I believe that all profound human fears, phobias, and taboos have a specific genetic or cultural origin. You can be as Freudian as you wanna be, but I believe that humans fear snakes because natural selection dealt with those who didn't. Same goes with flying. I'm terrified of flying, and it's not because I fear a "loss of control." It's because my ancestors who didn't fear it were otherwise prevented from contributing to my gene pool.
But what about fears that have no apparent rational basis? Most cultures have a profound (but largely unconscious) fear of "ghosts," and most cultures, past and present, have strong taboos against contacting the deceased. Since science largely insists that ghosts don't exist, and that it's impossible to communicate with the spirit world, what is the origin of these aversions?
These are the working hypotheses that I began to tossing around as I have begun reading Joe Fisher's "Hungry Ghosts." In fact, I did not have to finish the first chapter without having a small epiphany: That if you attempt to initiate open-ended communication with the spirit world, with no preconditions or safeguards, you're liable to bring down some serious trouble.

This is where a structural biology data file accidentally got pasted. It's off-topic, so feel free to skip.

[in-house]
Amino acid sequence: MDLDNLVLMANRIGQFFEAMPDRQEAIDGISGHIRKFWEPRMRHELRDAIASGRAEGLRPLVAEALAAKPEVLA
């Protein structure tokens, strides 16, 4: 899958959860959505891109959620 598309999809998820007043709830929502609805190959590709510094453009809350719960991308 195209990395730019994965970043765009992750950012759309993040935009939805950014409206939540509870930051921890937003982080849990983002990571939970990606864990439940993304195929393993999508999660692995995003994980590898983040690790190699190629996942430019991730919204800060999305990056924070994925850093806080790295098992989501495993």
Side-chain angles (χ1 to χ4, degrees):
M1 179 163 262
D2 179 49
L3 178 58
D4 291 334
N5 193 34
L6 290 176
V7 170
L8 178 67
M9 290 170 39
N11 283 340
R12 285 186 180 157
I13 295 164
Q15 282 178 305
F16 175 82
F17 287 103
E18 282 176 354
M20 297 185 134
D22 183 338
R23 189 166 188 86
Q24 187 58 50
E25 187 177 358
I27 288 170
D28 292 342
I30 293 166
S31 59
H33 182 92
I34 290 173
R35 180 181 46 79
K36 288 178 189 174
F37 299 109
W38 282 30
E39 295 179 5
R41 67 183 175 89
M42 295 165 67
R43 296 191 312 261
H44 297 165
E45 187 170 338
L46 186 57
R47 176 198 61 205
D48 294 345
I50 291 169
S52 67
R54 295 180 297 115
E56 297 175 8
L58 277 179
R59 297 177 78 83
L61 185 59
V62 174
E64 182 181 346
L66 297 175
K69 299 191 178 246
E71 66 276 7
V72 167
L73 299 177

I believe that our ancestors learned directly not to do this. And although these specific unpleasant experiences have disappeared from our collective memory, the terrors spawned by these early spirit explorations persist in most living cultures.
So, societies created specific rituals and safeguards that regulated human-spirit communication. The ancients learned that before one intrudes into the spirit (or near astral) realm, consciousness must be modulated and focussed through prayer, ritual, and meditation; intent should be specific and positive; and there should be an interceder (physical or otherwise) to serve as an added buffer.
Our ancestors understood that in the spirit realm, unconscious terror becomes objectified monsters... Our slightest thoughts are instantly materialized... And most importantly, we will attract only those spirits that are "like us"--morally, ethically, and otherwise.
On a side note, I'm re-reading "The Key." I think that I last read it pre-9/11, or shortly thereafter. I'm one of the few people that ponied up the $20 or whatnot to get the first edition. I well remember how it unsettled and disturbed me then.